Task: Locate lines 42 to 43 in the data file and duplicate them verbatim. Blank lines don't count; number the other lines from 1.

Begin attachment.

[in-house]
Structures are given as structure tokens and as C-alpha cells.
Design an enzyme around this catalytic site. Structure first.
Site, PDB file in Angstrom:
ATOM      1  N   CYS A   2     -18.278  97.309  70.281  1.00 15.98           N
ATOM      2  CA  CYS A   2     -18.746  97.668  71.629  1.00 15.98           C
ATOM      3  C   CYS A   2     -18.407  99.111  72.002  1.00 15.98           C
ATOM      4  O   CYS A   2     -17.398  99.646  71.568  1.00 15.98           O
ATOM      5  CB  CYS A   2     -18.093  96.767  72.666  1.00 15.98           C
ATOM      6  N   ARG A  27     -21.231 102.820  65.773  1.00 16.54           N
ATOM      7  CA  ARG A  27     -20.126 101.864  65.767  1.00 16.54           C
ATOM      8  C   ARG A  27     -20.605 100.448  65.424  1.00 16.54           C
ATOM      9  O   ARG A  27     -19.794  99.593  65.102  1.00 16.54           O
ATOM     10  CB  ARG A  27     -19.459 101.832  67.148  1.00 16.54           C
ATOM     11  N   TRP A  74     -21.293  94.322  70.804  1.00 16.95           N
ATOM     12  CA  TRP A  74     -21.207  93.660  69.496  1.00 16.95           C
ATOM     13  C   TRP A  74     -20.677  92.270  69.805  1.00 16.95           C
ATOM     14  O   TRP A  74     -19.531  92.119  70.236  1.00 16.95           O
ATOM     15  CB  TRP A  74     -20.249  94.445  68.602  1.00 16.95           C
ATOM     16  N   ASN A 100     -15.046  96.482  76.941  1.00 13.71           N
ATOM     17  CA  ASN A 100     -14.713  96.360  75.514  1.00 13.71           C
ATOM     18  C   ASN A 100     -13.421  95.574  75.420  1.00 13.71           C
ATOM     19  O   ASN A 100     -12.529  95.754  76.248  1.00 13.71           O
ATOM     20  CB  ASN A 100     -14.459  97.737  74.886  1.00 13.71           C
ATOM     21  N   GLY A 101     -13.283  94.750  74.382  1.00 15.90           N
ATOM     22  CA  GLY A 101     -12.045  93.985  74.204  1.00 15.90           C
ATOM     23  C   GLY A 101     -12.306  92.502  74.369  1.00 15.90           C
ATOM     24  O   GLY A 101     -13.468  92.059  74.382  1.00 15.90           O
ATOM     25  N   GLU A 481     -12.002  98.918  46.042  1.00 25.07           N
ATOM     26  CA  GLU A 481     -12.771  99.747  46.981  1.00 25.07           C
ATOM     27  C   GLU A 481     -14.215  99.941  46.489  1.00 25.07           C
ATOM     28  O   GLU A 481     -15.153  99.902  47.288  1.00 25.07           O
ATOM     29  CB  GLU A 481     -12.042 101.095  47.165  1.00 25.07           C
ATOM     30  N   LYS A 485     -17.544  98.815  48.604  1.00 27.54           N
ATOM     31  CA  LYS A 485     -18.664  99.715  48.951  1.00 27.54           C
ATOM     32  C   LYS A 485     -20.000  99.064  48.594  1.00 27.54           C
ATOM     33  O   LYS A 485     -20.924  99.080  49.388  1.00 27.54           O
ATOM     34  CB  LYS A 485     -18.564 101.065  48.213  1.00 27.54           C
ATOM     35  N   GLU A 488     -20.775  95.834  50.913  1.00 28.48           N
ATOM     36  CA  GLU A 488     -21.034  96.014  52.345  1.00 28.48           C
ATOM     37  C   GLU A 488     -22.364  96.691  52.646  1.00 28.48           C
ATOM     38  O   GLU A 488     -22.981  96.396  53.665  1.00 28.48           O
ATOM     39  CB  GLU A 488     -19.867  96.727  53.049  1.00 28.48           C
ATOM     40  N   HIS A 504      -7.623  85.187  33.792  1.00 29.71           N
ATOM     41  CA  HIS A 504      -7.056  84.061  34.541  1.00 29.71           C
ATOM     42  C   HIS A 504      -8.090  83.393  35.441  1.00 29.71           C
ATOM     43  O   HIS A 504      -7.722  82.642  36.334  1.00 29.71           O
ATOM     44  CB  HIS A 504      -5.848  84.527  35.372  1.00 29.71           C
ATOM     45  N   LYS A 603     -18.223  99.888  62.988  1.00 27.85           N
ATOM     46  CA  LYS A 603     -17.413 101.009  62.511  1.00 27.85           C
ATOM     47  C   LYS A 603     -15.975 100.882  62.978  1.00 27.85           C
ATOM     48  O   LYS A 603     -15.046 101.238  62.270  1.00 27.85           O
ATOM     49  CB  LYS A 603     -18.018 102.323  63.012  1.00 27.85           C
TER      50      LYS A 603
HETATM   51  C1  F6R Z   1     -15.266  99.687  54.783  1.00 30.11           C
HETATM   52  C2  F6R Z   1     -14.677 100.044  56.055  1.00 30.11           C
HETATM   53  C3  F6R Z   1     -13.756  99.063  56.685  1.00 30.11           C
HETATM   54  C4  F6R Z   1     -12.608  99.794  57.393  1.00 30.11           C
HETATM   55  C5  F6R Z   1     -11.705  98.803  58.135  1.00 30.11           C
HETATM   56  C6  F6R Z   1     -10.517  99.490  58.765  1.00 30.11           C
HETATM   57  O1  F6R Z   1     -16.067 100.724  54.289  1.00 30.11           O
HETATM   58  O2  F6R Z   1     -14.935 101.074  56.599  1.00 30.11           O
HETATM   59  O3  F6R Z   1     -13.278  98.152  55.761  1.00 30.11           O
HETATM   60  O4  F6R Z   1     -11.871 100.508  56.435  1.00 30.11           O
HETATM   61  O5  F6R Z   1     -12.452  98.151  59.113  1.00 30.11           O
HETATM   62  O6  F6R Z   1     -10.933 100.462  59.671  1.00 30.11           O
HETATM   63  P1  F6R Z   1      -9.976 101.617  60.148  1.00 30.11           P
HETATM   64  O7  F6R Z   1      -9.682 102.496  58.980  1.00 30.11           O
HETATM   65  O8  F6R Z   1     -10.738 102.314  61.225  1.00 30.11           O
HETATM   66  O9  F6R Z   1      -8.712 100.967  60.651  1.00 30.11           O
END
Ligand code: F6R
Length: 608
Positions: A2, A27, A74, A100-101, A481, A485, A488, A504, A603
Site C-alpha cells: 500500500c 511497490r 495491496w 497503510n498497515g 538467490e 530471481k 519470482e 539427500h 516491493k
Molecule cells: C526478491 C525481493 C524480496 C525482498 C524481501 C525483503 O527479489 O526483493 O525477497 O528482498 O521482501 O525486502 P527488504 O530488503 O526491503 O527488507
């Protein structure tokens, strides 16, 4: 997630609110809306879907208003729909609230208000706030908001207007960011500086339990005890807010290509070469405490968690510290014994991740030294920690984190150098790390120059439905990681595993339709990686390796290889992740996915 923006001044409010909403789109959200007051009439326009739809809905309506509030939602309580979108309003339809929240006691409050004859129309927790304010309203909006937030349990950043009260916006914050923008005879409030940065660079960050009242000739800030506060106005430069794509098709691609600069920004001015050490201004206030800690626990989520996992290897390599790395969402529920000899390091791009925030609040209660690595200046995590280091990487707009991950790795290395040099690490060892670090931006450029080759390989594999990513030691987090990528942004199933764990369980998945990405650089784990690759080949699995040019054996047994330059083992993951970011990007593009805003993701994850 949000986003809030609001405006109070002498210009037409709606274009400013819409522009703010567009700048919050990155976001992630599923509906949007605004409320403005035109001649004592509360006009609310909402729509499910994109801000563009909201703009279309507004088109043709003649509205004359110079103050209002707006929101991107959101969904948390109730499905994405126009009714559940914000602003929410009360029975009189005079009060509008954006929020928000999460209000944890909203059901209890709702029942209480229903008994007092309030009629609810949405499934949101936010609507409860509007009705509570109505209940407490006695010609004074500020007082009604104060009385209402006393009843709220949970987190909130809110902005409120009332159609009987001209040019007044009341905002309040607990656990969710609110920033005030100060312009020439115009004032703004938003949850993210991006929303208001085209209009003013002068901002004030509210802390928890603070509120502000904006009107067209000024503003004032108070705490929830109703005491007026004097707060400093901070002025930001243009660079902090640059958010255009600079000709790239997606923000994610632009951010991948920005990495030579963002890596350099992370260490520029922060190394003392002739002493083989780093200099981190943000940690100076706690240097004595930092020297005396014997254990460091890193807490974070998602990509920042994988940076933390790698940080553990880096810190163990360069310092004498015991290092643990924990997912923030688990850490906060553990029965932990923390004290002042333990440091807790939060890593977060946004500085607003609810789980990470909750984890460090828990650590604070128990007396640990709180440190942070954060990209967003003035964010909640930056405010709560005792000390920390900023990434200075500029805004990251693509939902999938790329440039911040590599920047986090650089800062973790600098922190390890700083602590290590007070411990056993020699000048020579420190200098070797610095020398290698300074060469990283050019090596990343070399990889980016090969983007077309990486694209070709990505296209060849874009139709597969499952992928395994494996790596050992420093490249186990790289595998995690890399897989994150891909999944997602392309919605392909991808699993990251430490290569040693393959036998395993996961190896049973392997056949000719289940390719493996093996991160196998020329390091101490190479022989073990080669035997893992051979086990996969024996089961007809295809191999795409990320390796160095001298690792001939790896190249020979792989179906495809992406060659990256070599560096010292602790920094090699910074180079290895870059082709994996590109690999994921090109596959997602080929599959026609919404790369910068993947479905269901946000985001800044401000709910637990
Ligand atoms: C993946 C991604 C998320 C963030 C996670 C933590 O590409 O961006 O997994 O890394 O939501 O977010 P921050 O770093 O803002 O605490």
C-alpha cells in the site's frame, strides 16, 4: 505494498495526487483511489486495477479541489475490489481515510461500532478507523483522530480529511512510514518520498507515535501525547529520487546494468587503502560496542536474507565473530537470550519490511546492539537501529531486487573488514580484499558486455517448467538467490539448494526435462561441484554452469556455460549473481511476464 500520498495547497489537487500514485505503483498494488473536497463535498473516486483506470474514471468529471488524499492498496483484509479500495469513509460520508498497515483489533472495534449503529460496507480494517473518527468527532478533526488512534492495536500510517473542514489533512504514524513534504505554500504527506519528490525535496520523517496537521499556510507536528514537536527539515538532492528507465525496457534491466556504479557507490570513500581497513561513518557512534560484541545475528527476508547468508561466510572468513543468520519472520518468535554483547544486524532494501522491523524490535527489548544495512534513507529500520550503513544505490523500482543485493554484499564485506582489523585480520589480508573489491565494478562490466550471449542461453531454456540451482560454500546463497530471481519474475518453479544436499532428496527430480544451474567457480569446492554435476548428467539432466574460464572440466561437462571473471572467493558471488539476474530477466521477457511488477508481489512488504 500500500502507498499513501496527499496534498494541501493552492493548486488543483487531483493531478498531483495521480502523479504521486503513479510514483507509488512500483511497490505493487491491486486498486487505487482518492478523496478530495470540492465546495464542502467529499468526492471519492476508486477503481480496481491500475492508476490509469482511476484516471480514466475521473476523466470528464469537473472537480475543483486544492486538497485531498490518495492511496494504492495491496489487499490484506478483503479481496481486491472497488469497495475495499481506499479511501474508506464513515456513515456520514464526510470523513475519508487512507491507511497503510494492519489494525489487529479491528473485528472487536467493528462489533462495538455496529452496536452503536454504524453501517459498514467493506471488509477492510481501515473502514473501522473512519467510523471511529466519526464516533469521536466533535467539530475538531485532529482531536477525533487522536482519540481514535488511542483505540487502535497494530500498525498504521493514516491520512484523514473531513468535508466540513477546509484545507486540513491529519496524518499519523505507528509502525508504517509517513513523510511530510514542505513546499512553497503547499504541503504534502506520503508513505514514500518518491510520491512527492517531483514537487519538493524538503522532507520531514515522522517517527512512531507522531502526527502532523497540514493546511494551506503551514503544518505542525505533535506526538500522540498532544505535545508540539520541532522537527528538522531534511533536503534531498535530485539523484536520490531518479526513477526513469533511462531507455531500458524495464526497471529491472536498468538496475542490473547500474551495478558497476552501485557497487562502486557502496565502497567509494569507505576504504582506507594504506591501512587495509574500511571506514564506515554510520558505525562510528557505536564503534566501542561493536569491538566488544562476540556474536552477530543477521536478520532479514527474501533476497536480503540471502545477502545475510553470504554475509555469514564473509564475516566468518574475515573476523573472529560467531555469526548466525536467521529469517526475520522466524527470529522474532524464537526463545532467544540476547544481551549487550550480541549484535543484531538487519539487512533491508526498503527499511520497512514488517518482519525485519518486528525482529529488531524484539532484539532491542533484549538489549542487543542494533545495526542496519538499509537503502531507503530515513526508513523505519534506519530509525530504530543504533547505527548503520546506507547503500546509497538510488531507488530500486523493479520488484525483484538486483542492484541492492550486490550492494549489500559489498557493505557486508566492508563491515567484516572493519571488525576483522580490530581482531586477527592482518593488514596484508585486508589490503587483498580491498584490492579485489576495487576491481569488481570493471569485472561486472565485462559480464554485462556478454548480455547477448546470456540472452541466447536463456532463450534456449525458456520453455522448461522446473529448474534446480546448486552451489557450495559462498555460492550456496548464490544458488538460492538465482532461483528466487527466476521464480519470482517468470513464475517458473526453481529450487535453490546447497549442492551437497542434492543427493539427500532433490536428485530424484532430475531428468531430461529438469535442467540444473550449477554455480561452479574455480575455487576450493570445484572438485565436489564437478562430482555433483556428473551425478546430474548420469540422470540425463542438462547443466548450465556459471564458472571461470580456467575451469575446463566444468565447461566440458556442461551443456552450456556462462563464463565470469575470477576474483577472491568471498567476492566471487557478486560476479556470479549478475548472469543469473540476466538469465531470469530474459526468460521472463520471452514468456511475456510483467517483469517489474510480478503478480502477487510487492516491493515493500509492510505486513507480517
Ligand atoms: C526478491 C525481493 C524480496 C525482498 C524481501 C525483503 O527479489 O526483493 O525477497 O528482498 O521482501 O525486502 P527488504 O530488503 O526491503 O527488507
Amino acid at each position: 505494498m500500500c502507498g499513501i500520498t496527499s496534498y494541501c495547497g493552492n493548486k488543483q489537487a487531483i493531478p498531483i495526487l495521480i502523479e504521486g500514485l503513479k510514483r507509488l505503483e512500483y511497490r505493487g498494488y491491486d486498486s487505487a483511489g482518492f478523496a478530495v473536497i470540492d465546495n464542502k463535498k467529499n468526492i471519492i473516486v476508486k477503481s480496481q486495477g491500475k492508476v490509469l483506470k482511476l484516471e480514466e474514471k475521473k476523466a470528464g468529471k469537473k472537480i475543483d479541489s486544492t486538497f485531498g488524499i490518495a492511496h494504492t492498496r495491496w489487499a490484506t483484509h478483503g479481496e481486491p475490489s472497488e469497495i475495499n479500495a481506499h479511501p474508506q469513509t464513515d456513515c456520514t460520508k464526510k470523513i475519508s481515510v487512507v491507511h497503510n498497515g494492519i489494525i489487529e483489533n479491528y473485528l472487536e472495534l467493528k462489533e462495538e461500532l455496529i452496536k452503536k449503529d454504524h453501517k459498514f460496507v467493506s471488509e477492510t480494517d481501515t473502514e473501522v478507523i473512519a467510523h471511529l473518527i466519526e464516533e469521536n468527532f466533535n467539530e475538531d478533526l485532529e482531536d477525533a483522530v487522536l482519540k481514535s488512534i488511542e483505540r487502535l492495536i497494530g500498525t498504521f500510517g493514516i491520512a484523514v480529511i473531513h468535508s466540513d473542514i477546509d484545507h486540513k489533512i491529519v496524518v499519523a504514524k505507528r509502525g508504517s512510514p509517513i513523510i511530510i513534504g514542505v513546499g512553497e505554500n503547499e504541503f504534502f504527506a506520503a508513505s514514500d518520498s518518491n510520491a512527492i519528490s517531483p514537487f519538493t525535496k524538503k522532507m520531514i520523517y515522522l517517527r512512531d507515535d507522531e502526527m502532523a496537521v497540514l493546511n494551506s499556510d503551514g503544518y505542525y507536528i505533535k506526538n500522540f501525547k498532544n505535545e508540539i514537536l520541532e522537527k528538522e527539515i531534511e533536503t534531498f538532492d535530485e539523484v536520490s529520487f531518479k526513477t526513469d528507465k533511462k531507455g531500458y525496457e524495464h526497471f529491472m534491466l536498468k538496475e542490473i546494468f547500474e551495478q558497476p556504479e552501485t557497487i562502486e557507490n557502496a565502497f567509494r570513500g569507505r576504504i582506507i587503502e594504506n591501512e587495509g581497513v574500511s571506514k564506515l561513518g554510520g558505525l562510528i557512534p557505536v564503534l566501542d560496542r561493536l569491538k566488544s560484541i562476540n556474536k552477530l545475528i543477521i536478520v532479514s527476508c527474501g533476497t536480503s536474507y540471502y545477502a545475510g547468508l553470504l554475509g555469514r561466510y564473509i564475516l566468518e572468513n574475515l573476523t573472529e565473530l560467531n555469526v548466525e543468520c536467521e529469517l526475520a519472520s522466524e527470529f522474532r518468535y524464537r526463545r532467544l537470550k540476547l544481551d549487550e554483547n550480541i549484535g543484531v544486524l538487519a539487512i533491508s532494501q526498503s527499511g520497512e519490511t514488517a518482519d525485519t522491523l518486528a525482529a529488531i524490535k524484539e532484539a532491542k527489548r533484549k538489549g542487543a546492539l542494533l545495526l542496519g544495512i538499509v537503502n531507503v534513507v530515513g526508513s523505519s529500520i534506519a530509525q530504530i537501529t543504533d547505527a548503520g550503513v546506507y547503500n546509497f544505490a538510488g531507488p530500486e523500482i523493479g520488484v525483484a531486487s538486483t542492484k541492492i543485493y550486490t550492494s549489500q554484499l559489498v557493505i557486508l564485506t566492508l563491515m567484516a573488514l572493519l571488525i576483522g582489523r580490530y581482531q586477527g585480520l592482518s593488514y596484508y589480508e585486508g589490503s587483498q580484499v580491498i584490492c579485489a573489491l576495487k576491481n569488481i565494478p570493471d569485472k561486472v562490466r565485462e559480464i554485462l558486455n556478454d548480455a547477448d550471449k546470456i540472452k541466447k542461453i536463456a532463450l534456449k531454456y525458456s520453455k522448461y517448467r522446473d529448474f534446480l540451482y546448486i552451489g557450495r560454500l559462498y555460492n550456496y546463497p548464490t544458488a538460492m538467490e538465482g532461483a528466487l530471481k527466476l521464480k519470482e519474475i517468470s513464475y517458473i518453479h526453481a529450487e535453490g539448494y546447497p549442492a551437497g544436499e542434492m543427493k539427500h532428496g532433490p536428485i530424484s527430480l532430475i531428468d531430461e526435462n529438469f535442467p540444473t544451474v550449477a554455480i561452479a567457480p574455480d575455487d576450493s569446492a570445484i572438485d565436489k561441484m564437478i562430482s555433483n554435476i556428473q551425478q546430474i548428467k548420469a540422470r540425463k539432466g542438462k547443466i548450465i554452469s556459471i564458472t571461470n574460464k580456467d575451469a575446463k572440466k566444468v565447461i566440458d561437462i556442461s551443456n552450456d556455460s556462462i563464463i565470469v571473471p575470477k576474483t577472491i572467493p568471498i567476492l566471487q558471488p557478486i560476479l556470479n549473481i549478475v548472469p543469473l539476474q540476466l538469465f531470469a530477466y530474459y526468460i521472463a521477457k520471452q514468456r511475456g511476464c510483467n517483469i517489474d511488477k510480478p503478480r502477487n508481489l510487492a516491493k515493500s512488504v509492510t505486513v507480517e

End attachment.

ATOM     38  O   GLU A 488     -22.981  96.396  53.665  1.00 28.48           O
ATOM     39  CB  GLU A 488     -19.867  96.727  53.049  1.00 28.48           C